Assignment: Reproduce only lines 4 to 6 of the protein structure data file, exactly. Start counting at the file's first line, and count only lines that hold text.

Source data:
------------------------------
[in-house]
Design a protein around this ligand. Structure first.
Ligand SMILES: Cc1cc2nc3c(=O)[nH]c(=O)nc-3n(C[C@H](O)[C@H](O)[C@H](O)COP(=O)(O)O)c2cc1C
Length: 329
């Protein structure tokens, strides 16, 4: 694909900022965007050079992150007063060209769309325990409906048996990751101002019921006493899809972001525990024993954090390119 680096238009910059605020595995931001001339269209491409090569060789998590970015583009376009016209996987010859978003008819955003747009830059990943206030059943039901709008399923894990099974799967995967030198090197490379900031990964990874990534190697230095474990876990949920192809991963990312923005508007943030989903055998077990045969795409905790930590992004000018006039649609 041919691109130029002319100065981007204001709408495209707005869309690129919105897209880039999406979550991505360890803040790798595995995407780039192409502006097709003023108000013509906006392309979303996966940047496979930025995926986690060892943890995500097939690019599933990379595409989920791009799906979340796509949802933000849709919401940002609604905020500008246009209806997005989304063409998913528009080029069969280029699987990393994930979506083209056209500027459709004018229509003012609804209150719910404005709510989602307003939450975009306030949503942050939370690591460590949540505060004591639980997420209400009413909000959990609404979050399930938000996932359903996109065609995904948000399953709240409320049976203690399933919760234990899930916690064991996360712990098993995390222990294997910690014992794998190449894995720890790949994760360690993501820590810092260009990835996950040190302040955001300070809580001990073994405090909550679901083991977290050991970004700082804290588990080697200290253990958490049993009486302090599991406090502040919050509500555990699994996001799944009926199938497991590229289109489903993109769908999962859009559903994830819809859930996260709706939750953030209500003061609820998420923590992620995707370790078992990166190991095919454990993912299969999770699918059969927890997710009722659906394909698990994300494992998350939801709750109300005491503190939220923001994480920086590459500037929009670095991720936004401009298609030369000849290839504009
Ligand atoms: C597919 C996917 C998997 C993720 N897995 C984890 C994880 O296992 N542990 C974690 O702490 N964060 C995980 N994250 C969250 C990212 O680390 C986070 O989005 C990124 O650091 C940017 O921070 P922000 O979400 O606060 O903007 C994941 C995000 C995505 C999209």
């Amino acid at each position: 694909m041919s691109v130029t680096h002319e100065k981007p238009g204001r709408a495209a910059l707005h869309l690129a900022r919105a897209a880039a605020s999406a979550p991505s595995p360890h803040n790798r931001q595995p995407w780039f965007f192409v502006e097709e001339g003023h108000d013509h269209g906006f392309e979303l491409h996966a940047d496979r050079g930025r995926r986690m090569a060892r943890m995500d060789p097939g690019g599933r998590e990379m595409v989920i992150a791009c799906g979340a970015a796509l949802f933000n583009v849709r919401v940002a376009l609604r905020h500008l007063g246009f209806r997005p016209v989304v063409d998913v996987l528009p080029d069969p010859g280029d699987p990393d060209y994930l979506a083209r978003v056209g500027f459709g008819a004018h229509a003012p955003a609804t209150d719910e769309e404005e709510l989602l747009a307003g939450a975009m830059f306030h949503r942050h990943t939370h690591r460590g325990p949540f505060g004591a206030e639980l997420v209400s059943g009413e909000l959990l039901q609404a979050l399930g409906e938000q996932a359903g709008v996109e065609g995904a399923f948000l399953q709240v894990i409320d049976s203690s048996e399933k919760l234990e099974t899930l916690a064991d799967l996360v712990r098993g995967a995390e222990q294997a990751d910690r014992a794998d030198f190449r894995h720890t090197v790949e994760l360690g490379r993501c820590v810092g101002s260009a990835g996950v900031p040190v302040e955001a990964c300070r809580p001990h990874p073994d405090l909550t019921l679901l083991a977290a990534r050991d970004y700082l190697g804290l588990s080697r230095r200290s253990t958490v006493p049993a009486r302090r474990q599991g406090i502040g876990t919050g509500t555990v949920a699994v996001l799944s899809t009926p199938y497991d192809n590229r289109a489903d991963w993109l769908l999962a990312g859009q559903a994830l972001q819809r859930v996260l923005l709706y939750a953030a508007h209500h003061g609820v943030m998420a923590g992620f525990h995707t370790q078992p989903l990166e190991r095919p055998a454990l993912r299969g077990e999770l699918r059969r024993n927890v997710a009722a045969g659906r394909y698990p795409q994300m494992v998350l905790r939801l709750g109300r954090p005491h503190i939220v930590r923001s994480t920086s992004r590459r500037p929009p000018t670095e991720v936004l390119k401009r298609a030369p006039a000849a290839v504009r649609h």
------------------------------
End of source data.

Length: 329
């Protein structure tokens, strides 16, 4: 694909900022965007050079992150007063060209769309325990409906048996990751101002019921006493899809972001525990024993954090390119 680096238009910059605020595995931001001339269209491409090569060789998590970015583009376009016209996987010859978003008819955003747009830059990943206030059943039901709008399923894990099974799967995967030198090197490379900031990964990874990534190697230095474990876990949920192809991963990312923005508007943030989903055998077990045969795409905790930590992004000018006039649609 041919691109130029002319100065981007204001709408495209707005869309690129919105897209880039999406979550991505360890803040790798595995995407780039192409502006097709003023108000013509906006392309979303996966940047496979930025995926986690060892943890995500097939690019599933990379595409989920791009799906979340796509949802933000849709919401940002609604905020500008246009209806997005989304063409998913528009080029069969280029699987990393994930979506083209056209500027459709004018229509003012609804209150719910404005709510989602307003939450975009306030949503942050939370690591460590949540505060004591639980997420209400009413909000959990609404979050399930938000996932359903996109065609995904948000399953709240409320049976203690399933919760234990899930916690064991996360712990098993995390222990294997910690014992794998190449894995720890790949994760360690993501820590810092260009990835996950040190302040955001300070809580001990073994405090909550679901083991977290050991970004700082804290588990080697200290253990958490049993009486302090599991406090502040919050509500555990699994996001799944009926199938497991590229289109489903993109769908999962859009559903994830819809859930996260709706939750953030209500003061609820998420923590992620995707370790078992990166190991095919454990993912299969999770699918059969927890997710009722659906394909698990994300494992998350939801709750109300005491503190939220923001994480920086590459500037929009670095991720936004401009298609030369000849290839504009
Ligand atoms: C597919 C996917 C998997 C993720 N897995 C984890 C994880 O296992 N542990 C974690 O702490 N964060 C995980 N994250 C969250 C990212 O680390 C986070 O989005 C990124 O650091 C940017 O921070 P922000 O979400 O606060 O903007 C994941 C995000 C995505 C999209």